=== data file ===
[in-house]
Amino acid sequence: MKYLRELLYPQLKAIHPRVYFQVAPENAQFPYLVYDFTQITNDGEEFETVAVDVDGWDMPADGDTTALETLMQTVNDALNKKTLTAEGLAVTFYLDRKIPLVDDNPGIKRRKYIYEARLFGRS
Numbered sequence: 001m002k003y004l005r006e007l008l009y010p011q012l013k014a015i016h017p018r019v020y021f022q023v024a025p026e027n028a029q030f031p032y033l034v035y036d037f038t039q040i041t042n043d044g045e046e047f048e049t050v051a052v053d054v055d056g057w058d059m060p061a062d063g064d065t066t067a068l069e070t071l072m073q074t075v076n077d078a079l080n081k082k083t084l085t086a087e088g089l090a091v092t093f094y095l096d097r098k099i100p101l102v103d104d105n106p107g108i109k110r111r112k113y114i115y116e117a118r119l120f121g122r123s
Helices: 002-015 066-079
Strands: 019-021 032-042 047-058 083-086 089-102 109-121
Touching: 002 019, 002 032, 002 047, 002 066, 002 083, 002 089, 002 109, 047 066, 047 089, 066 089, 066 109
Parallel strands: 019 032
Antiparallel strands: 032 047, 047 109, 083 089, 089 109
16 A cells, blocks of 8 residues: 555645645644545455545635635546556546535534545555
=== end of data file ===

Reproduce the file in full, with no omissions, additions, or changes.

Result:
[in-house]
Amino acid sequence: MKYLRELLYPQLKAIHPRVYFQVAPENAQFPYLVYDFTQITNDGEEFETVAVDVDGWDMPADGDTTALETLMQTVNDALNKKTLTAEGLAVTFYLDRKIPLVDDNPGIKRRKYIYEARLFGRS
Numbered sequence: 001m002k003y004l005r006e007l008l009y010p011q012l013k014a015i016h017p018r019v020y021f022q023v024a025p026e027n028a029q030f031p032y033l034v035y036d037f038t039q040i041t042n043d044g045e046e047f048e049t050v051a052v053d054v055d056g057w058d059m060p061a062d063g064d065t066t067a068l069e070t071l072m073q074t075v076n077d078a079l080n081k082k083t084l085t086a087e088g089l090a091v092t093f094y095l096d097r098k099i100p101l102v103d104d105n106p107g108i109k110r111r112k113y114i115y116e117a118r119l120f121g122r123s
Helices: 002-015 066-079
Strands: 019-021 032-042 047-058 083-086 089-102 109-121
Touching: 002 019, 002 032, 002 047, 002 066, 002 083, 002 089, 002 109, 047 066, 047 089, 066 089, 066 109
Parallel strands: 019 032
Antiparallel strands: 032 047, 047 109, 083 089, 089 109
16 A cells, blocks of 8 residues: 555645645644545455545635635546556546535534545555